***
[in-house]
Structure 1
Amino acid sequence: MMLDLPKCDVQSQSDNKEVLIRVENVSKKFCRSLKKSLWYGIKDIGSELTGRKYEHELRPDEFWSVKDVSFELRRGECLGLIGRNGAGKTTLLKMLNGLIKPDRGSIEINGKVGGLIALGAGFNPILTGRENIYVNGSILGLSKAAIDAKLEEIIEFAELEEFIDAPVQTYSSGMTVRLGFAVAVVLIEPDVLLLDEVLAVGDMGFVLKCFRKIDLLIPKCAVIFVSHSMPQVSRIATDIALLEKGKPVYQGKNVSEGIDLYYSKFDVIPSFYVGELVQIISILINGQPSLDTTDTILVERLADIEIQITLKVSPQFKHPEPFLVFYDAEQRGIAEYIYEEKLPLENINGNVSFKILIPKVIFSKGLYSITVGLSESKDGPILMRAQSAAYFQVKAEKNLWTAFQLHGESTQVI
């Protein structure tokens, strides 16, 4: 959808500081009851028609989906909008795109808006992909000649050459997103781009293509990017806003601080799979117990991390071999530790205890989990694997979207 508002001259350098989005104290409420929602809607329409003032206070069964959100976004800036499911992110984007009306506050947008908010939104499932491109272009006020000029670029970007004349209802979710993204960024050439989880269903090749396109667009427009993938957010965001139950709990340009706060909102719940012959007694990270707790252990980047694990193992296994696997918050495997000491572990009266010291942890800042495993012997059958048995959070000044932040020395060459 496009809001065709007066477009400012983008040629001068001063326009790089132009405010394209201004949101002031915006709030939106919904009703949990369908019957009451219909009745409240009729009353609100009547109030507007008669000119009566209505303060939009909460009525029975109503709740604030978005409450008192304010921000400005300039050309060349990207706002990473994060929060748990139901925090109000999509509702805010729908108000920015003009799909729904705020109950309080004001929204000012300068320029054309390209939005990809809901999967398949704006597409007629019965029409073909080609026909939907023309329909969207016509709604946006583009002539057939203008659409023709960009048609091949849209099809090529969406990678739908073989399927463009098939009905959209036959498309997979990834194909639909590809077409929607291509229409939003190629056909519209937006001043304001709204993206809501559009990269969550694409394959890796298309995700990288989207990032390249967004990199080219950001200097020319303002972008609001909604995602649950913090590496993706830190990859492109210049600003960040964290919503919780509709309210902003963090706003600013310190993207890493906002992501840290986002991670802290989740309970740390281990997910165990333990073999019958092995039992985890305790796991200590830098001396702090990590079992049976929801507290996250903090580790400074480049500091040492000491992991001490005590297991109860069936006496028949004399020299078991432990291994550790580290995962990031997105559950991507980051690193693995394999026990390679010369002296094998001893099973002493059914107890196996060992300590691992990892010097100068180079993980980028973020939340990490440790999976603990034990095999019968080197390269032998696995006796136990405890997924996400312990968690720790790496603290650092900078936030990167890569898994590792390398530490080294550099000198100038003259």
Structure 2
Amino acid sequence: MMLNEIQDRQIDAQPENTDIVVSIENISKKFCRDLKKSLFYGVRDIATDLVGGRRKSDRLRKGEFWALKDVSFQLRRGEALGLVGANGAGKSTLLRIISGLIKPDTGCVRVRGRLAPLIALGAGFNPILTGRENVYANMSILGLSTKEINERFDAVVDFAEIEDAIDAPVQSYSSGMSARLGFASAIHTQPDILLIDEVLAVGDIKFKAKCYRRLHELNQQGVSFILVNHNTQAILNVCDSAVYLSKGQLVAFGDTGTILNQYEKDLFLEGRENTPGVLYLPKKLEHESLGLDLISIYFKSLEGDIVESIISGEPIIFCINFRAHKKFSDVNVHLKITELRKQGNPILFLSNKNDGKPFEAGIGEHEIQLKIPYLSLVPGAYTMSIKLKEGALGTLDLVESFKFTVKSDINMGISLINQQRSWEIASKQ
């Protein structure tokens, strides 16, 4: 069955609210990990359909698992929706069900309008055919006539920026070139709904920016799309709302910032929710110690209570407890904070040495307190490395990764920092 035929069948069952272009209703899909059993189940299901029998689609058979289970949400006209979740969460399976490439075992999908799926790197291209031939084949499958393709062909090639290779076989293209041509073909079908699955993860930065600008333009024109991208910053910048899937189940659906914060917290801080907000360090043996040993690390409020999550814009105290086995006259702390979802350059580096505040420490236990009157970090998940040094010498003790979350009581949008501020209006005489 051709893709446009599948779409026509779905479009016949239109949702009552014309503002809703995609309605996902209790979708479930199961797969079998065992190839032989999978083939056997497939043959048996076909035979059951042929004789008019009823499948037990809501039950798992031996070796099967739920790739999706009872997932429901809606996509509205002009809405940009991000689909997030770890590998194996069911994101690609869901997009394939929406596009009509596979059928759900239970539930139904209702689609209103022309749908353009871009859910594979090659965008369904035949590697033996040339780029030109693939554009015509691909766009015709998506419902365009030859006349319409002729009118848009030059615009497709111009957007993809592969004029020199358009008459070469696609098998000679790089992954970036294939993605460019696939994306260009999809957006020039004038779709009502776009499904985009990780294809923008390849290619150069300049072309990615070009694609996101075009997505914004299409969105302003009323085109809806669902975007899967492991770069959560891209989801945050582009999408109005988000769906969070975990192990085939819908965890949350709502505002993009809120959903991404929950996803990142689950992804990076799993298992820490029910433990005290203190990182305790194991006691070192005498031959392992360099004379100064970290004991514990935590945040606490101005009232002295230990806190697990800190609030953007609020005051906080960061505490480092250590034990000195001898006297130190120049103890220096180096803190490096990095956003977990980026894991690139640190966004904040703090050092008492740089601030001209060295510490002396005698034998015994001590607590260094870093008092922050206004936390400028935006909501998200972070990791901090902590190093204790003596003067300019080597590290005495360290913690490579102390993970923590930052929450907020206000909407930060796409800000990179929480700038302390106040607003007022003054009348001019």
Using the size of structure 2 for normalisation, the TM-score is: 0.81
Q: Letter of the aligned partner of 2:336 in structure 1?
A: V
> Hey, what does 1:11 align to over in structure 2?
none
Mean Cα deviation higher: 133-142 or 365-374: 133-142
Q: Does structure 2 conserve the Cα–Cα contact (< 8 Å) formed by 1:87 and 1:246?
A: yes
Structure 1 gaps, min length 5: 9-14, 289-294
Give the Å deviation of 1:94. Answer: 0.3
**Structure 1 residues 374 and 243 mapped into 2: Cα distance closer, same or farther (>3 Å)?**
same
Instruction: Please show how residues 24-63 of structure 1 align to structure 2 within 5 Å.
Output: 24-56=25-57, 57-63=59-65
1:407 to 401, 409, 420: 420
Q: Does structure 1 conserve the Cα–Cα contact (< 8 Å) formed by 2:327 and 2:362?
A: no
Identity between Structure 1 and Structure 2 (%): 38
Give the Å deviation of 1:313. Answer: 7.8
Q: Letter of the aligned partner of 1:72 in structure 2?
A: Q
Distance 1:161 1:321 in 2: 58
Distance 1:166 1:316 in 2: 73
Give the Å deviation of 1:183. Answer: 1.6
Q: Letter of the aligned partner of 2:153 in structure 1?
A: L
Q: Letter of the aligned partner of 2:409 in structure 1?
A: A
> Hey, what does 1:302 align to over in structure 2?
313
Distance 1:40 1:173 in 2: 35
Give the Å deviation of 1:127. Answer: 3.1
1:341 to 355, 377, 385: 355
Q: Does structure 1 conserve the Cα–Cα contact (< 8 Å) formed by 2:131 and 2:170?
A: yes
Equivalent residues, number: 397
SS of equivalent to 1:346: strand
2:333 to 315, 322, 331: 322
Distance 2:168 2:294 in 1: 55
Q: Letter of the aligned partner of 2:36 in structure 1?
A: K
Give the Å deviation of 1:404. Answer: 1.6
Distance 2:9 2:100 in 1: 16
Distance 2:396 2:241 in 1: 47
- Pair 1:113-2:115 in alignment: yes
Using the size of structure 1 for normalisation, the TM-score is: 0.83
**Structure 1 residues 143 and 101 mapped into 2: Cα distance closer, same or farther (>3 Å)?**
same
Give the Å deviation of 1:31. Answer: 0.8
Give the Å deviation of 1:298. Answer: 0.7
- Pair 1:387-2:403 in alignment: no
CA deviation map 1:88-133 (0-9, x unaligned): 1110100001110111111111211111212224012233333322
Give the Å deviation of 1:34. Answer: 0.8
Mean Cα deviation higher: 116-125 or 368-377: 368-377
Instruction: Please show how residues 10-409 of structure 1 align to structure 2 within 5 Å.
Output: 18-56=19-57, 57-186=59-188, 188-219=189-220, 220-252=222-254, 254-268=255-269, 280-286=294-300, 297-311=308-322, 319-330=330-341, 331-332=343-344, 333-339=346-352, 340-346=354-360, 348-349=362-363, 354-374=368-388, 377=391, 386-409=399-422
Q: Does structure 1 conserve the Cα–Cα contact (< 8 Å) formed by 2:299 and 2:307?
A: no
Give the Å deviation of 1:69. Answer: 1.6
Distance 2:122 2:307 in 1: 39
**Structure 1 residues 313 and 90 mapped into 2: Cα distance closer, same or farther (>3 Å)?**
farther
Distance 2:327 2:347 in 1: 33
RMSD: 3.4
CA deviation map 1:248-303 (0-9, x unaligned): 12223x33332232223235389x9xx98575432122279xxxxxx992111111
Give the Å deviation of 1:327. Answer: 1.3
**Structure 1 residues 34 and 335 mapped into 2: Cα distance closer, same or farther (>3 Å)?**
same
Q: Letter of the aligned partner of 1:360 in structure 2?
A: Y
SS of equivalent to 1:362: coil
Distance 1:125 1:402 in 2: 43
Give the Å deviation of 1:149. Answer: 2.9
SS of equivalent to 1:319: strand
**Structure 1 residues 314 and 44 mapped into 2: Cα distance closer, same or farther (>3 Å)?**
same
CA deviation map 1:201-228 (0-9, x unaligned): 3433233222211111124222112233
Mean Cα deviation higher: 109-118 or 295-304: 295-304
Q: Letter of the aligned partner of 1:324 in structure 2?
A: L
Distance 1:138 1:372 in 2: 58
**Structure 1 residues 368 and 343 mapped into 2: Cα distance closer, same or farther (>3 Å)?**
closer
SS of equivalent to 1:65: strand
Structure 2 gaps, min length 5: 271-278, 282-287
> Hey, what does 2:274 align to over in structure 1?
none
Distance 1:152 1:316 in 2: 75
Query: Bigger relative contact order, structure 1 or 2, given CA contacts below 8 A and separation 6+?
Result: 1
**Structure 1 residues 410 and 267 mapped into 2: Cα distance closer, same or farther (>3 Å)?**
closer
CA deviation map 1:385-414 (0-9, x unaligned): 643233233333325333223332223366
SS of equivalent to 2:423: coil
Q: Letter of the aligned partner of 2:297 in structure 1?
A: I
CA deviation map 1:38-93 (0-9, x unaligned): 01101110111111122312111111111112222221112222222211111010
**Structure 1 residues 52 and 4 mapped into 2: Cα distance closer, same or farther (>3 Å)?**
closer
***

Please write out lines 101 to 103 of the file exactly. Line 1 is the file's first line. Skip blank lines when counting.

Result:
SS of equivalent to 2:423: coil
Q: Letter of the aligned partner of 2:297 in structure 1?
A: I